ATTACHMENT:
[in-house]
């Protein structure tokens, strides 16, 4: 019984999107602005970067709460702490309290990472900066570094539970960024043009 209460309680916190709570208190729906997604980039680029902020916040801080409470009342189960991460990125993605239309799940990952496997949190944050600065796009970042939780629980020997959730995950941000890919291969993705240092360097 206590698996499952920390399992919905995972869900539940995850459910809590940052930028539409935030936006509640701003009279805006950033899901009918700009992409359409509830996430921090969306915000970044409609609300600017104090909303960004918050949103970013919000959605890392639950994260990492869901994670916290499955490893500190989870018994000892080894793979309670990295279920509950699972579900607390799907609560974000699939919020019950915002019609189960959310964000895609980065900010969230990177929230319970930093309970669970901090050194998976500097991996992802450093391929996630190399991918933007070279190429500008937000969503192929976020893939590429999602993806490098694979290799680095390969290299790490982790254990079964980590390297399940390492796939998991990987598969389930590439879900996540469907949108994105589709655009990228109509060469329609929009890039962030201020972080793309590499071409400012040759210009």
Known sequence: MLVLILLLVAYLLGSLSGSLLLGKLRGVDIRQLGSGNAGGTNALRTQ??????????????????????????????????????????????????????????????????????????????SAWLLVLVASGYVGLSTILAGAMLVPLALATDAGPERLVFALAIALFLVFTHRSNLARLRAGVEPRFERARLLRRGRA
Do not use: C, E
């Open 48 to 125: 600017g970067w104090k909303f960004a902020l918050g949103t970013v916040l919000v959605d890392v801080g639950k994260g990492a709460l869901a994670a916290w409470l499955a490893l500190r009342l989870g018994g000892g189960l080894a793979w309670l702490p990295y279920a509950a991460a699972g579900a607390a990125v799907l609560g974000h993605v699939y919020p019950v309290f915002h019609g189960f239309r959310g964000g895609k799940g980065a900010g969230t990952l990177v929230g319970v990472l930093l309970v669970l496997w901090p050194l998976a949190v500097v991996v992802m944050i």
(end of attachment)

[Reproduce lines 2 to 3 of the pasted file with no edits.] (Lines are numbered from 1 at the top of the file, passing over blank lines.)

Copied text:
């Protein structure tokens, strides 16, 4: 019984999107602005970067709460702490309290990472900066570094539970960024043009 209460309680916190709570208190729906997604980039680029902020916040801080409470009342189960991460990125993605239309799940990952496997949190944050600065796009970042939780629980020997959730995950941000890919291969993705240092360097 206590698996499952920390399992919905995972869900539940995850459910809590940052930028539409935030936006509640701003009279805006950033899901009918700009992409359409509830996430921090969306915000970044409609609300600017104090909303960004918050949103970013919000959605890392639950994260990492869901994670916290499955490893500190989870018994000892080894793979309670990295279920509950699972579900607390799907609560974000699939919020019950915002019609189960959310964000895609980065900010969230990177929230319970930093309970669970901090050194998976500097991996992802450093391929996630190399991918933007070279190429500008937000969503192929976020893939590429999602993806490098694979290799680095390969290299790490982790254990079964980590390297399940390492796939998991990987598969389930590439879900996540469907949108994105589709655009990228109509060469329609929009890039962030201020972080793309590499071409400012040759210009």
Known sequence: MLVLILLLVAYLLGSLSGSLLLGKLRGVDIRQLGSGNAGGTNALRTQ??????????????????????????????????????????????????????????????????????????????SAWLLVLVASGYVGLSTILAGAMLVPLALATDAGPERLVFALAIALFLVFTHRSNLARLRAGVEPRFERARLLRRGRA